Information Security News
Criminals are installing fairly sophisticated malicious programs on banks' ATMs, allowing them to control access to the machines and easily steal cash, security firms Kaspersky and Interpol said in a joint statement released on Tuesday.
The malware, which Kaspersky dubbed 'Tyupkin,' allows low-level thieves, known as money mules, access to the machines at certain times of day using an intermittently changing code, similar to the six-digit electronic tokens used for security in the financial industry. More than 50 ATMs in Eastern Europe and Russia were found to have been infected with the malware to date, leading to the theft of currency equivalent to millions of dollars, according to the statement.
The attack shows that criminals are improving their tactics and appear to be able to gain enough access to ATMs to install code, Vicente Diaz, principal security researcher at Kaspersky Lab, said.
Have you ever done a quick vulnerability check only to discover that someone found that vulnerability before you did and already had the system compromised?
During the early stages of a vulnerability scan, nmap is your friend just to quickly confirm what you got. In this case, the big surprise was that the firewall responded on port 4444. Anybody whoever dabbled with pentestingmay be familiar with this port: Metasploit uses port 4444 by default for its remote shell. Other then that, it is typically not used by any well known service.
At this point, with a possible compromised network firewall, there isnt much point in going much further. A quick connect with netcat oddly enough let to an HTTP error. Upon further investigation, it tuns out thatSophosfirewalls use port 4444 for https remote administration. Typically, ports like 8000,8080 or 8443are used, but then again, maybe Sophos wanted to hide their port, or just be different.
According ot various reports, many users of Belkin routers are havingproblems connecting to the internet as of last night. It appears that the router will occasionally ping">heartbeat.belkin.com to detect network connectivity, but the heartbeat host is not reachable for some (all?) users. Currently, the host responds to ICMP">As a workaround, you can add an entry to the routers host file pointing heartbeat.belkin.com to 127.0.0.1. This appears to remove the block. The block only affects the DNS server on the device. It will route just fine. You can still get hosts on your network to work as long as you set a DNS server manually, for example using Googles DNS server at 184.108.40.206. .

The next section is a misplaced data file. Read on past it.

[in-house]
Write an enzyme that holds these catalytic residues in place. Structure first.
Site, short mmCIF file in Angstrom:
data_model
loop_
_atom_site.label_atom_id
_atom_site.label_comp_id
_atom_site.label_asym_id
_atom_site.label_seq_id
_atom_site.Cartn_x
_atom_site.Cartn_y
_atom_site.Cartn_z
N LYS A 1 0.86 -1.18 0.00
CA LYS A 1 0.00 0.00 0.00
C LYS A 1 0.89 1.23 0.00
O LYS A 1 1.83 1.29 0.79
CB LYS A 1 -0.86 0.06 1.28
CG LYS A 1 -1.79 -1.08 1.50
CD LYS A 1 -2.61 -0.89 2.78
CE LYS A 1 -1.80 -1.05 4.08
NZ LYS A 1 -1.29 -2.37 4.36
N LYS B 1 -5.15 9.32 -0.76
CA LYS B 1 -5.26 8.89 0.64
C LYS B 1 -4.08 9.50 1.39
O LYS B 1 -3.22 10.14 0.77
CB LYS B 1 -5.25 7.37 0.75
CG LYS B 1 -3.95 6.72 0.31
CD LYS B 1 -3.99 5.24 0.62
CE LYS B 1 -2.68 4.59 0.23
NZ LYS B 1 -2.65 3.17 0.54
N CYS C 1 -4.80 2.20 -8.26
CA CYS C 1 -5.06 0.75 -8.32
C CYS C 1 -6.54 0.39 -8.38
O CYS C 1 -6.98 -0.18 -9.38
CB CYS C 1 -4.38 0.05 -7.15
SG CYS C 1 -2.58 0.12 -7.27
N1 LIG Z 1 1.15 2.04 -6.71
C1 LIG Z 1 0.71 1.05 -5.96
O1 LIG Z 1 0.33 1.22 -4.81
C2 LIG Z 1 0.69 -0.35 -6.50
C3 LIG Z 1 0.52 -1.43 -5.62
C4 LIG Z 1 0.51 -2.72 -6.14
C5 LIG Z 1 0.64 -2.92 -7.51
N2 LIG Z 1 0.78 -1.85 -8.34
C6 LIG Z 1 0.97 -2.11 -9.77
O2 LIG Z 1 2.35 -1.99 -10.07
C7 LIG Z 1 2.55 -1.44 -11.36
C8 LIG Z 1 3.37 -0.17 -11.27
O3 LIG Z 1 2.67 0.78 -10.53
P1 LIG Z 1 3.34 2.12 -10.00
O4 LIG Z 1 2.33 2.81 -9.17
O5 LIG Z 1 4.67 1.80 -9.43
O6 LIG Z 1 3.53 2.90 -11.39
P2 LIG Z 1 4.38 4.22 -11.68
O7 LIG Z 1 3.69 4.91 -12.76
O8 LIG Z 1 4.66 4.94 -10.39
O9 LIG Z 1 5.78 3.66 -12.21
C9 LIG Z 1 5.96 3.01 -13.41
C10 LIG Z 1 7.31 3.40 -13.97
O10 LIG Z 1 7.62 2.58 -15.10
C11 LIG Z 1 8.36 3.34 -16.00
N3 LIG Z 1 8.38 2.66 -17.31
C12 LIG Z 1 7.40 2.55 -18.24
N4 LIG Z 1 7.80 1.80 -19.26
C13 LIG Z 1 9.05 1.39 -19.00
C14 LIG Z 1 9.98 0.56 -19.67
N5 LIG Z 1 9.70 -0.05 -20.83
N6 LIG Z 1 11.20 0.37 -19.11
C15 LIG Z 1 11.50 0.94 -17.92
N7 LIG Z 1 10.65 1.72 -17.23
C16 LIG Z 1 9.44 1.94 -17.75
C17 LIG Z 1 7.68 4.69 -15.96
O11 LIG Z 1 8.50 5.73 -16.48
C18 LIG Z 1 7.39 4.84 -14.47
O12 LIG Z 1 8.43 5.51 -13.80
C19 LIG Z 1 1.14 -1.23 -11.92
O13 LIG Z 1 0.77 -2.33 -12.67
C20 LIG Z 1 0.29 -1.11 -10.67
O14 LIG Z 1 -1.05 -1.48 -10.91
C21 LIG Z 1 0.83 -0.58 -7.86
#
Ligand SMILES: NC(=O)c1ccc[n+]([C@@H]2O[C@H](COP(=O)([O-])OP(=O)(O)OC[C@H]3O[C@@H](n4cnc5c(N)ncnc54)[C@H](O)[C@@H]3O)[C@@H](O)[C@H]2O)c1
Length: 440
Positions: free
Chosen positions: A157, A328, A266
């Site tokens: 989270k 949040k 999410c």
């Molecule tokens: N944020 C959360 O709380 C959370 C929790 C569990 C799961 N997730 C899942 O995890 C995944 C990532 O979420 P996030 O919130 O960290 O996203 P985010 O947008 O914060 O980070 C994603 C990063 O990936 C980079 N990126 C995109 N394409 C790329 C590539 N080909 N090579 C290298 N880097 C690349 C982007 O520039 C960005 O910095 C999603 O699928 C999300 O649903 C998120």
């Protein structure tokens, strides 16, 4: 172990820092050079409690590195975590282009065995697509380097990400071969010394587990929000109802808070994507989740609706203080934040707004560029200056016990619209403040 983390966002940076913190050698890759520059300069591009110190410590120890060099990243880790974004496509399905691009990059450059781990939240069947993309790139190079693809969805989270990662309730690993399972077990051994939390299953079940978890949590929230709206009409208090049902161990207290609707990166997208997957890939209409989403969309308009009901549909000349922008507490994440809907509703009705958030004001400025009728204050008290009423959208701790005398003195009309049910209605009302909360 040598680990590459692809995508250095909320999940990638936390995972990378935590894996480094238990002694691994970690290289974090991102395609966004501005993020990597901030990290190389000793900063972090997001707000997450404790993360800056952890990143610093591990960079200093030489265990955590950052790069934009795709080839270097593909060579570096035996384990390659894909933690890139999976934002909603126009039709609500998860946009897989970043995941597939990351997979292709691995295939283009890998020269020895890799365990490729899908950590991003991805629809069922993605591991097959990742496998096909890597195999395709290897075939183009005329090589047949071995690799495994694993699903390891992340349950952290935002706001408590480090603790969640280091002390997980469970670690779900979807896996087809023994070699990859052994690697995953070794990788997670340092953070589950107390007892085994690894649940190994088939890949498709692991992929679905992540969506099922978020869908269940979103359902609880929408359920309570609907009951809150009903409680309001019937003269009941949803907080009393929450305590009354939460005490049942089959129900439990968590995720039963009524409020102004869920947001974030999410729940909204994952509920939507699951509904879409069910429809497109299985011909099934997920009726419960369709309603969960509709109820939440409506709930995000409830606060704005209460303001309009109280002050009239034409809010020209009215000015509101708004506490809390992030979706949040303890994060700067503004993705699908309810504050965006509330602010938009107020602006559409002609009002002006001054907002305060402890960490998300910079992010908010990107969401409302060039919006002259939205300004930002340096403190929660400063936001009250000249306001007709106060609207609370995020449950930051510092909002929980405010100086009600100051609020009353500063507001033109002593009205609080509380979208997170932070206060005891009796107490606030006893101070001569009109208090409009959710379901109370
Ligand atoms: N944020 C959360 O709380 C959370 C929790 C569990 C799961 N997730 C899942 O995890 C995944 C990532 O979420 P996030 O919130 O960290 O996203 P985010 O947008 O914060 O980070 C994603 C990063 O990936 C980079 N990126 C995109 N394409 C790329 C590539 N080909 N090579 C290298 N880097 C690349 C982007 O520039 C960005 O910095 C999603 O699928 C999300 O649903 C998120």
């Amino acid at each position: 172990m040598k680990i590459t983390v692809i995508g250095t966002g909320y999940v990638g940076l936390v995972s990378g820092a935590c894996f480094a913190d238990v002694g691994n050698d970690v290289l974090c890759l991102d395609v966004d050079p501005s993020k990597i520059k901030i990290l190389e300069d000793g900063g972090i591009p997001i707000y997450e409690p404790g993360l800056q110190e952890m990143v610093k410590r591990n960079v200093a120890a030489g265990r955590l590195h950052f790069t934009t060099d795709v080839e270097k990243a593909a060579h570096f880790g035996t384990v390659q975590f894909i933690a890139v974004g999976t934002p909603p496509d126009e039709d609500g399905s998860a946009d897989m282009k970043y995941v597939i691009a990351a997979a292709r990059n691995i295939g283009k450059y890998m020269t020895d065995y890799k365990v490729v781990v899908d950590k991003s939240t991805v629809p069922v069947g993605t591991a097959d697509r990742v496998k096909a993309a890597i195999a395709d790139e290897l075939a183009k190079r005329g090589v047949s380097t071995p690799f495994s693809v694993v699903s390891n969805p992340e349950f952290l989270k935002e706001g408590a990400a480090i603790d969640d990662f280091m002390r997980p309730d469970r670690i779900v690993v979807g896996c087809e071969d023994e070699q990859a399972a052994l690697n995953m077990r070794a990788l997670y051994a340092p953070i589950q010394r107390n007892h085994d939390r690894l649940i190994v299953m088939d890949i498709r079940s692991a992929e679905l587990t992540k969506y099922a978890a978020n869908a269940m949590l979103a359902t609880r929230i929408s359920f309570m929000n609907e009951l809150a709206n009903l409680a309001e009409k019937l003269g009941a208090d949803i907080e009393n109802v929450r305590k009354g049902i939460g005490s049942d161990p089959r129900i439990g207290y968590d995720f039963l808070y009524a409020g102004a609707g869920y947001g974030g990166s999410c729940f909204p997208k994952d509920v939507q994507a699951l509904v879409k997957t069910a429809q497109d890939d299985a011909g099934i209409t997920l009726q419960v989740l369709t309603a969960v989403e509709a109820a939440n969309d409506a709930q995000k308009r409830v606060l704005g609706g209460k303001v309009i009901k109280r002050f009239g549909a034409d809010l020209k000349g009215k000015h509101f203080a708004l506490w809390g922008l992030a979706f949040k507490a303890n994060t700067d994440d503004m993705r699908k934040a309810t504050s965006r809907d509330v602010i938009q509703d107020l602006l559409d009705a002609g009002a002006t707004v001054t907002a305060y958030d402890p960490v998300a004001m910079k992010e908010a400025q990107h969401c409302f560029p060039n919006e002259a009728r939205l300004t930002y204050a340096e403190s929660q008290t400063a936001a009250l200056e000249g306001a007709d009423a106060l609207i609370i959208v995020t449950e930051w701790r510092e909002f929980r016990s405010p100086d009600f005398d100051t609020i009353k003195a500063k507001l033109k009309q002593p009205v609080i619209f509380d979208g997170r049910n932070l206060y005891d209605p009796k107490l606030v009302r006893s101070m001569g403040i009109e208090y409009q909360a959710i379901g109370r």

For a statement from Belkin, seehttps://belkininternationalinc.statuspage.io
In a tweet, Belkin also pointed to this page on its community forum:http://community.belkin.com/t5/Wireless/Belkin-Routers-Internet-Outage/m-p/5796#M1466
Security incidents are up - and pricier! - but infosec budgets are dwindling
Not only is spending not keeping pace, it's actually developed a limp: infosec budgets declined, on average, 4% over 2013. Specifically, investments in these safeguards declined: Due diligence of third-party providers; Employee security awareness and ...
by Sean Gallagher
Adobe’s Digital Editions e-book and PDF reader—an application used by thousands of libraries to give patrons access to electronic lending libraries—actively logs and reports every document readers add to their local “library” along with what users do with those files. Even worse, the logs are transmitted over the Internet in the clear, allowing anyone who can monitor network traffic (such as the National Security Agency, Internet service providers and cable companies, or others sharing a public Wi-Fi network) to follow along over readers’ shoulders.
Ars has independently verified the logging of e-reader activity with the use of a packet capture tool. The exposure of data was first discovered by Nate Hoffelder of The Digital Reader, who reported the issue to Adobe but received no reply.
Update, 6:23 PM ET: An Adobe spokesperson now says the company is working on an update. "In terms of the transmission of the data collected, Adobe is in the process of working on an update to address this issue," the spokesperson said in an email to Ars Technica. "We will notify you when a date for this update has been determined."